Rotors ’n Ribs fly-in combines fun with vital safety messages from industry experts.
In early July of this year, I had the opportunity to take part in the annual Rotors ’n Ribs helicopter fly-in in Goshen, Indiana. Last year was my first time attending the show, and I was so impressed with the crowd and the overwhelming generosity of the locals that I recommended to HAI leadership that we continue to support and sponsor this fantastic gathering of rotorcraft lovers in the upper midwestern United States.
Nearly 40 helicopters across various brands and models flew in for the event. There was an assortment of Airbus, Bell, Leonardo, and even homebuilt rotorcraft products on display. They came from as nearby as Fort Wayne, Indiana, but also originated in the farther-away Chicago, Illinois, and Detroit, Michigan, areas.
Several industry experts spoke at the show about safety issues important to all of us in helicopter aviation, including Chris Holder, eastern US sales manager at Concorde Batteries. Chris spoke to the crowd about how to prepare a new aircraft battery and then maintain it for maximum durability and longevity.
Afterward, I took the stage to talk about an alarming trend I see from my seat at HAI: poor fuel management (photo above). I’ve been watching this issue for a few years, and occasionally I’ll request data from the US National Transportation Safety Board (NTSB) on the topic. Current NTSB statistics show that US operators have crashed more than seven general aviation aircraft each month over the past five years due to poor fuel management: namely, fuel exhaustion, fuel starvation, or fuel contamination.
To clarify, fuel exhaustion means the aircraft is depleted of fuel, whereas fuel starvation means the aircraft has run out of fuel on the selected tank. In the latter situation, there’s still fuel in the aircraft, but the fuel selector switch hasn’t been placed on a tank with fuel available. Fuel contamination, of course, means simply that the fuel isn’t pure or capable of combustion. (See my September 2022 Work Safe column, “Fuel for Thought,” for more on fuel contamination.)
We in the general aviation industry have to do better.
I’ve had an engine fail while flying because a fuel-line “B” nut backed off in flight. Had the flight ended in a crash, I’m sure it would have been cited as a fuel-related accident. During preflight, put your hands on the fuel lines to check for anything that might be loose. If your aircraft uses avgas, look for blue staining from the dye indicating a fuel leak.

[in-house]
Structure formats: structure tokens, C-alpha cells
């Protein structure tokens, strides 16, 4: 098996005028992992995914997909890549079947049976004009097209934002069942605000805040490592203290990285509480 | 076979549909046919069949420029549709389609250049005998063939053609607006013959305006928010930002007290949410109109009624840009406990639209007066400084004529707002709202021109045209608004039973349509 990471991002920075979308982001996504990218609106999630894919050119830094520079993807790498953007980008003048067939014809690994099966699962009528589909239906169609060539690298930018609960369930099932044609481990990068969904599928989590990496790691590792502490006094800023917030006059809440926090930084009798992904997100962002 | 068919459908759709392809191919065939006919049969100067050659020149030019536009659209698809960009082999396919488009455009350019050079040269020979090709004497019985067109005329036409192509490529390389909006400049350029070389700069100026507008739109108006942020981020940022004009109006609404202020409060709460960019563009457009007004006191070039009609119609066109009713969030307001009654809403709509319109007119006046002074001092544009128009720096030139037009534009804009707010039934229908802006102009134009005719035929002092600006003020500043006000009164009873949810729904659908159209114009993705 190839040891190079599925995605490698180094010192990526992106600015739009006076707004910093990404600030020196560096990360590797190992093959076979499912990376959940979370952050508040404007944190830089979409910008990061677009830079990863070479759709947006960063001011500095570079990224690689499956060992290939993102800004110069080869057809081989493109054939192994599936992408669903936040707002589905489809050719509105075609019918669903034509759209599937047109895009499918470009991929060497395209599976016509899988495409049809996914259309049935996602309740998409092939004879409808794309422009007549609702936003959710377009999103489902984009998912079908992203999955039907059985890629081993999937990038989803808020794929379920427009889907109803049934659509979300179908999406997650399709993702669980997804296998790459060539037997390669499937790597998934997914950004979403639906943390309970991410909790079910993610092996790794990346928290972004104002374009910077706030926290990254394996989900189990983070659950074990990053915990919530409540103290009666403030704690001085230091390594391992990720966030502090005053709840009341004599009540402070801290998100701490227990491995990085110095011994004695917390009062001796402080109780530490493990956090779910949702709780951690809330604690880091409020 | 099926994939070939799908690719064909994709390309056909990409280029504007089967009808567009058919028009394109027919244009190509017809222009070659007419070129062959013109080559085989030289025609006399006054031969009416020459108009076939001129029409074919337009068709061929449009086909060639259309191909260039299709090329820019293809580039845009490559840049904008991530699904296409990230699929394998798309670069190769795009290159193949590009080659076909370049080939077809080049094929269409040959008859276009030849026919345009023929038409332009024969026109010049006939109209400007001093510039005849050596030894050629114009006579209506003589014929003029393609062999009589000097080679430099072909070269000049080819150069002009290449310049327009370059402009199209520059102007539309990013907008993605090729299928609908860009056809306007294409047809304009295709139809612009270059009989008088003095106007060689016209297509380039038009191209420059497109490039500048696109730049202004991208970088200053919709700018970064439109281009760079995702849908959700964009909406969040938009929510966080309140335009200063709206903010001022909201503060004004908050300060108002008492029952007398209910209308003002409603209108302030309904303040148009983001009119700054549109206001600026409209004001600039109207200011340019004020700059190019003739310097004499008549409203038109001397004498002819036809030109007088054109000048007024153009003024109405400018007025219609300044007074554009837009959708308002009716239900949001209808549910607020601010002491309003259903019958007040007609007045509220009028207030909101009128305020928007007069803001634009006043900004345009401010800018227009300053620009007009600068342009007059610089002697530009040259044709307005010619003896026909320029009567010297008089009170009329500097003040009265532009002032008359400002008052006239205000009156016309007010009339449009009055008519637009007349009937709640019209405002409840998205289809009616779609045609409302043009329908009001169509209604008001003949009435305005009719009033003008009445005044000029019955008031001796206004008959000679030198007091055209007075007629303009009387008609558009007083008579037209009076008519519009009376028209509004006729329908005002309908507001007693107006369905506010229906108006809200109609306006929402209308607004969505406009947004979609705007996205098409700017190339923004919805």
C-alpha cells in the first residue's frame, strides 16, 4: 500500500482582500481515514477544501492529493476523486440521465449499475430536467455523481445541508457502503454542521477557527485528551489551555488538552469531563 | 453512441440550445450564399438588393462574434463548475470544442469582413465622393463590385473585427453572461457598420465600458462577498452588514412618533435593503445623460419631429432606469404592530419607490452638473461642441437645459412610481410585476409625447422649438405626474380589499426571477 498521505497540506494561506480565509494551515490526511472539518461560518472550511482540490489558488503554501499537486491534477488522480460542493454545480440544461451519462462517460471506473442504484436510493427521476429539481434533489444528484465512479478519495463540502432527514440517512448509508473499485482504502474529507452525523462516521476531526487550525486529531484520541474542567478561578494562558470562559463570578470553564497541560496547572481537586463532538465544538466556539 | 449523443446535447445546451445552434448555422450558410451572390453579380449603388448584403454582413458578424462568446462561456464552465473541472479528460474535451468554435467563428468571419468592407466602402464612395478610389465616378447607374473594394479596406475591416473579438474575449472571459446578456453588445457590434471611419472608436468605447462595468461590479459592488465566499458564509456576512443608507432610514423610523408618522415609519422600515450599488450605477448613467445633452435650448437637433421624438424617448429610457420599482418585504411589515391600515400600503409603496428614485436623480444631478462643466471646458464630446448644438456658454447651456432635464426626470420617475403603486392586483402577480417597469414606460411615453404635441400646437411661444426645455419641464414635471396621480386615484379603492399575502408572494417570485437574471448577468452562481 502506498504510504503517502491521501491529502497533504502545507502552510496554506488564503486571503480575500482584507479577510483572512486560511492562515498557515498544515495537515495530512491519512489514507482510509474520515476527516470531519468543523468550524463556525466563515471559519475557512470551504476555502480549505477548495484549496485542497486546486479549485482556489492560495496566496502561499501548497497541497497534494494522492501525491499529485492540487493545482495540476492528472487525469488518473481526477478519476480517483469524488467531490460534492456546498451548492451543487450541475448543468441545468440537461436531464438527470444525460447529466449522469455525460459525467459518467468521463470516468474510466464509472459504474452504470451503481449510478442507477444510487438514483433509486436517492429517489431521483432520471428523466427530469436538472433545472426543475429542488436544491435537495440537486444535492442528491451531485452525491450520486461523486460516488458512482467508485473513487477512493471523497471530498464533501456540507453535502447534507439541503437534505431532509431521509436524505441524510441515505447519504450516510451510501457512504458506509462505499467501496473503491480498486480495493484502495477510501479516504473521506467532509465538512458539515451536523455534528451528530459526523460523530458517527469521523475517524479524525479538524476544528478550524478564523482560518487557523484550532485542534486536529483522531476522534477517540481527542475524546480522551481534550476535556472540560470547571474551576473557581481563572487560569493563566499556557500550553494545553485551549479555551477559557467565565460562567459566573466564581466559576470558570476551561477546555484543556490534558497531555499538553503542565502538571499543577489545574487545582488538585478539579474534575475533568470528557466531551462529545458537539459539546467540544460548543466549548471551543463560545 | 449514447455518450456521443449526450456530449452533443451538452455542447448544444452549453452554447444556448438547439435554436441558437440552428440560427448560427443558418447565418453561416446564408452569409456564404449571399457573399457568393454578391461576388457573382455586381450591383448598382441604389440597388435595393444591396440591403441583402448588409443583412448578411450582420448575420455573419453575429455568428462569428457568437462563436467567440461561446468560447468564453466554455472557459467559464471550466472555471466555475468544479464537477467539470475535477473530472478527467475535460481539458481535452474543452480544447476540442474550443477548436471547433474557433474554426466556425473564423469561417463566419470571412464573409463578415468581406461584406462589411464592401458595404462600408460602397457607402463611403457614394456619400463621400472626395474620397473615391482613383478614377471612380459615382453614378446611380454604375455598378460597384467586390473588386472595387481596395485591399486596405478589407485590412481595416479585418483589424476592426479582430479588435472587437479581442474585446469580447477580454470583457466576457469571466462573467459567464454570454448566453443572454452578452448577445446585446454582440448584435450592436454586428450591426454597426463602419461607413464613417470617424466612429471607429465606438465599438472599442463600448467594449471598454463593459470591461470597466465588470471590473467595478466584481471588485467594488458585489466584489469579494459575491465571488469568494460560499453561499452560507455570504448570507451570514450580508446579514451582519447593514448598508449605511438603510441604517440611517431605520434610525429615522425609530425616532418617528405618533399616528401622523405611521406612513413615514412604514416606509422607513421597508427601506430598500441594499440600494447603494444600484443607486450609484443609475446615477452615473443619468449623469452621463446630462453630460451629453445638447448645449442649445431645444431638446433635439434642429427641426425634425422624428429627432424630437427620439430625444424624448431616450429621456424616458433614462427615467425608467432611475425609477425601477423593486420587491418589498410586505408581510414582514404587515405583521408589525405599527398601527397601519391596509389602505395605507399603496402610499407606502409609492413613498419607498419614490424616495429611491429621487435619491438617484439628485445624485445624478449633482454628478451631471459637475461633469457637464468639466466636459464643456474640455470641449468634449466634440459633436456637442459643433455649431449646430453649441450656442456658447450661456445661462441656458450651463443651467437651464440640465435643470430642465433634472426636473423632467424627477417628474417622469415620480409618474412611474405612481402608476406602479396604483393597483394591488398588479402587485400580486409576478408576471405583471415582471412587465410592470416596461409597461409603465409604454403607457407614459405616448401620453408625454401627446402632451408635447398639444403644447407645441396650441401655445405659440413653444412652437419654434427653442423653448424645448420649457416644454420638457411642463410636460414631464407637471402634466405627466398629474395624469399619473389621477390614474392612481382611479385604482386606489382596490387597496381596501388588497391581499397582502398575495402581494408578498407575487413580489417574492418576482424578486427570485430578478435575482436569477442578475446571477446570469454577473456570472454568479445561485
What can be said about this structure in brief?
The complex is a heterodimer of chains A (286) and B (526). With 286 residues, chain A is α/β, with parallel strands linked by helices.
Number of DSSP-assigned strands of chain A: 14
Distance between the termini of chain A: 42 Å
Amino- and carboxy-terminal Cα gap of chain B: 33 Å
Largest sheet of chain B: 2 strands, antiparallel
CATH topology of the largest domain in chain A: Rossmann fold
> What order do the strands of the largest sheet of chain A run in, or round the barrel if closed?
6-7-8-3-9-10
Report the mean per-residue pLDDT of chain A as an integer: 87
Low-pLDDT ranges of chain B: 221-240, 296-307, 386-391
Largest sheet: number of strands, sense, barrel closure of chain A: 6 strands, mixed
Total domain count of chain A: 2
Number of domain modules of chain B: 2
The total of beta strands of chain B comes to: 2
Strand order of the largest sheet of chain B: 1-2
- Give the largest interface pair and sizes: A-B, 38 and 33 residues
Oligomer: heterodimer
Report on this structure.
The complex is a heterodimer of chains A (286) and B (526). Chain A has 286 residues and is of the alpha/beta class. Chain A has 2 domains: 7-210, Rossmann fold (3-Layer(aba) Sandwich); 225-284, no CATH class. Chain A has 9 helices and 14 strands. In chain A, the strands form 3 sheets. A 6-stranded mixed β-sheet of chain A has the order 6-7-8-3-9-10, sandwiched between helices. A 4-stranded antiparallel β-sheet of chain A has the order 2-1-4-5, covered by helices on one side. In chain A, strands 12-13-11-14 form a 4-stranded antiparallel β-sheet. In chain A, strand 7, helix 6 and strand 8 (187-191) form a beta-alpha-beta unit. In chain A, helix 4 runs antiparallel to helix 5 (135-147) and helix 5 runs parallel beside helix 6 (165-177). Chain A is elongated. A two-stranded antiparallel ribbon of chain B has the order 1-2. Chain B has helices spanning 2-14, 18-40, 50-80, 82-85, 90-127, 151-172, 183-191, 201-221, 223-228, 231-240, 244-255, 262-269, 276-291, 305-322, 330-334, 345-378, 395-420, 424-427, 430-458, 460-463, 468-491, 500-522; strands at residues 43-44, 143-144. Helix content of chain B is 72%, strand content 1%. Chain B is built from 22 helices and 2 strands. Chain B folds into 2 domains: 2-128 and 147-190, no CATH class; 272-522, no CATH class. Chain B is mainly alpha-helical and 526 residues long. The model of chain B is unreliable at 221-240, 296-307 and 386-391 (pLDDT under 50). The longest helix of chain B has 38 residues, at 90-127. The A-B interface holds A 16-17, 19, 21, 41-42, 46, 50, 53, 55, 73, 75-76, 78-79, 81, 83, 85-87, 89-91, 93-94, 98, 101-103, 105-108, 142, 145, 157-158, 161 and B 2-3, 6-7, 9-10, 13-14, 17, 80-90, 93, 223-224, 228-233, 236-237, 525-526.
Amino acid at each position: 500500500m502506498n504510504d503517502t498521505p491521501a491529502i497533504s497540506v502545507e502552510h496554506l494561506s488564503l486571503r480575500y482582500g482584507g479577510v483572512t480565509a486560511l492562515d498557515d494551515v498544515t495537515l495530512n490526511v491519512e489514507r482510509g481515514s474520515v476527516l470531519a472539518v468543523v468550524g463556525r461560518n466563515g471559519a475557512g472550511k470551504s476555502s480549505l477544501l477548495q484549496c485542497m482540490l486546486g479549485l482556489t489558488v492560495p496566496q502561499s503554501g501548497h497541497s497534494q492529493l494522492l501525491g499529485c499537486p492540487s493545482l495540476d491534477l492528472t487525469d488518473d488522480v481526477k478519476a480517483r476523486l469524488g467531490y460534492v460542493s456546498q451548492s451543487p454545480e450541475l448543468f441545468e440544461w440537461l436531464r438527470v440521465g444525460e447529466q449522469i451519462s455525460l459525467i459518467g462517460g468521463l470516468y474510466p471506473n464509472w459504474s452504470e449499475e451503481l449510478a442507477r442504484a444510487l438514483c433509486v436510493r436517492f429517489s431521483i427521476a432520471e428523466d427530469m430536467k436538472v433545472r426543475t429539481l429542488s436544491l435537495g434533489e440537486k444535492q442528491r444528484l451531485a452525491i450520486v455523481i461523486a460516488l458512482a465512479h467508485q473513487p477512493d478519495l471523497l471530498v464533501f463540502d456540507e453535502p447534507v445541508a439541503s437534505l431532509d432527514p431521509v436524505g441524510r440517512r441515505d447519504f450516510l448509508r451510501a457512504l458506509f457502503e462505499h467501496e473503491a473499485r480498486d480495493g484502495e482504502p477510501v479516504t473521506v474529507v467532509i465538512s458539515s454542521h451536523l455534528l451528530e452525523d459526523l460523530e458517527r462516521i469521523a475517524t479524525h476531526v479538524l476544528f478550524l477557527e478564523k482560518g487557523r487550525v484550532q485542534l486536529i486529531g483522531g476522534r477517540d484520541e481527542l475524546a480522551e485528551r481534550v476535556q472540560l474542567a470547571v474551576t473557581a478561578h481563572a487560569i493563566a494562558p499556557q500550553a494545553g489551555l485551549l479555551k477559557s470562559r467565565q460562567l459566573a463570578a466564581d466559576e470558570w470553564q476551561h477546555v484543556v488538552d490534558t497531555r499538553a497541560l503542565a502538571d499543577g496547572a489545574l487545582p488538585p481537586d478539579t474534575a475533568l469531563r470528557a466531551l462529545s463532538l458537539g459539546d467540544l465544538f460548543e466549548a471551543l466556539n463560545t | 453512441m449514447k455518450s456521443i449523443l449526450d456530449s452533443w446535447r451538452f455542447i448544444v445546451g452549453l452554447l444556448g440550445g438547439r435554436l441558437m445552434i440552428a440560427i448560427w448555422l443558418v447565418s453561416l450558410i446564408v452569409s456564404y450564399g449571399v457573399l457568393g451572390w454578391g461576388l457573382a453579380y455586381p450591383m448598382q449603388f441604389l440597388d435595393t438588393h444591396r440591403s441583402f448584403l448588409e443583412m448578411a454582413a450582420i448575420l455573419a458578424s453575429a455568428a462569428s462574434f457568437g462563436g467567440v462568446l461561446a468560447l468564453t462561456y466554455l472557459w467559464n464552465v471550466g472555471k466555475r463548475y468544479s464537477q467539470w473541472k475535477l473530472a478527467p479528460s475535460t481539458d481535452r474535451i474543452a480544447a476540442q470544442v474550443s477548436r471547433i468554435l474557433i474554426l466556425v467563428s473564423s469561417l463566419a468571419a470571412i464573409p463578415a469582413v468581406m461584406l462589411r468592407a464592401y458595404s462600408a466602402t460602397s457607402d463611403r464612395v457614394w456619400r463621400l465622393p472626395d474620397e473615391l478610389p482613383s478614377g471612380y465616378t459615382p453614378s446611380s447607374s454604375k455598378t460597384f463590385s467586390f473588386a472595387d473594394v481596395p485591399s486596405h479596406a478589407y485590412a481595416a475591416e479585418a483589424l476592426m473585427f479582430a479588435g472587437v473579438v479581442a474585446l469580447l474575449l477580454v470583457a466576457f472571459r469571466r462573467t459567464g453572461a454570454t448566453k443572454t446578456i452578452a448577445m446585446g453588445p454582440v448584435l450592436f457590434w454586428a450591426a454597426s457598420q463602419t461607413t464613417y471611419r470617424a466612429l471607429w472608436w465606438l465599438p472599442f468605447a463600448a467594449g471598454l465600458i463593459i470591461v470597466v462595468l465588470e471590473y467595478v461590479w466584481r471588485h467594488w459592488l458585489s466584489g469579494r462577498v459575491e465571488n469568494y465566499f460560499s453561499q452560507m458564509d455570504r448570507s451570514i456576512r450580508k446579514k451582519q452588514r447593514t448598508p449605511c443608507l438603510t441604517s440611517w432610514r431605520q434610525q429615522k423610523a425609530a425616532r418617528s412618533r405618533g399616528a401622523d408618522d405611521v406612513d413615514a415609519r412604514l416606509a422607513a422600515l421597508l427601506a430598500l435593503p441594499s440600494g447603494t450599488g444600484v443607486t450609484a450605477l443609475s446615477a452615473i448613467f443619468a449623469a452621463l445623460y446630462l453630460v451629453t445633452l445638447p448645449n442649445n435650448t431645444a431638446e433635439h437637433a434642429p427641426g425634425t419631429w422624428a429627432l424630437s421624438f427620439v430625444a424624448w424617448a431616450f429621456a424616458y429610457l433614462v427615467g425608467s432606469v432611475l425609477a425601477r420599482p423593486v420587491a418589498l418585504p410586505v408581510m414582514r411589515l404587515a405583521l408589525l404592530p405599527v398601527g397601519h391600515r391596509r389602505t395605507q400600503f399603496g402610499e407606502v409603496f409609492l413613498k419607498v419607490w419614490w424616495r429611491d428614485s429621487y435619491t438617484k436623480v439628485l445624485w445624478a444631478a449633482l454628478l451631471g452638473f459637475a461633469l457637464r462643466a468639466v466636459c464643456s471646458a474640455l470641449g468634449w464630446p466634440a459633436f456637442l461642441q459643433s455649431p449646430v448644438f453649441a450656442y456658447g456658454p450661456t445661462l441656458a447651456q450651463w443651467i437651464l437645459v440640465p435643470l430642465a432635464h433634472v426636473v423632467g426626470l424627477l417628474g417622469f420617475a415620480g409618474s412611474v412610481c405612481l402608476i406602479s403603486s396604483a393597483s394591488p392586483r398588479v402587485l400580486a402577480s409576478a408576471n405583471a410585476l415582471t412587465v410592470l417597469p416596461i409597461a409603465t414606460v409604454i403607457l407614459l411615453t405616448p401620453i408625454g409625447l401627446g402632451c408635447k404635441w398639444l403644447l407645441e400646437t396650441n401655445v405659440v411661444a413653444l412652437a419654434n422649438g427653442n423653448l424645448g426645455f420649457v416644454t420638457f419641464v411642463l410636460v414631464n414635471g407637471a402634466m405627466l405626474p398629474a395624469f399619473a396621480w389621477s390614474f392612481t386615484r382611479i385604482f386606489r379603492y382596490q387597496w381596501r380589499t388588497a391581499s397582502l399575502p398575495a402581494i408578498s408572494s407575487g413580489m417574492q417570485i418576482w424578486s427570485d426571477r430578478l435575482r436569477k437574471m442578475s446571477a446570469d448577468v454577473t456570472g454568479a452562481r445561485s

Mechanics and pilots, please keep an eye on your fuel and fuel-delivery system. We take fuel for granted. We should not. Do your due diligence. Sump your aircraft tanks, and ensure that your airport FBO folks are sumping their airport tanks, as well.
Back to Rotors ’n Ribs. Our final educational session at the event was reserved for Bruce Webb, director of aviation education and community outreach for Airbus. Bruce doesn’t need much of an introduction for most readers of ROTOR. He is an absolutely fabulous speaker. His ability to make us think is worth the price of admission to any event at which he’s appearing.
Bruce spoke about “flying blind,” demonstrating how every pilot has a central blind spot that literally prevents them from seeing other aircraft or objects in plain view. Bruce showed how being distracted can cause a pilot to miss what’s clearly right in front of them. Good scanning and a willingness to observe what isn’t normal will get you in the right mindset to see what you don’t expect.
A Grand Finale
The 2023 Rotors ’n Ribs grand finale was a drone light show (photo opposite, bottom). I hadn’t seen such a display before, and I was totally amazed at the precision and organization required to create such artwork in the sky. The light show lasted about 12 minutes and had the crowd of about 4,000 people looking up in awe!
If you want to take part in a very entertaining and educational event, circle Jul. 13, 2024, on your calendar to attend the next Rotors ’n Ribs show. That event will include America’s Freedom Fest, which celebrates American and aviation, and is estimated to draw more than 20,000 spectators as well as numerous aircraft for both static display and the air show.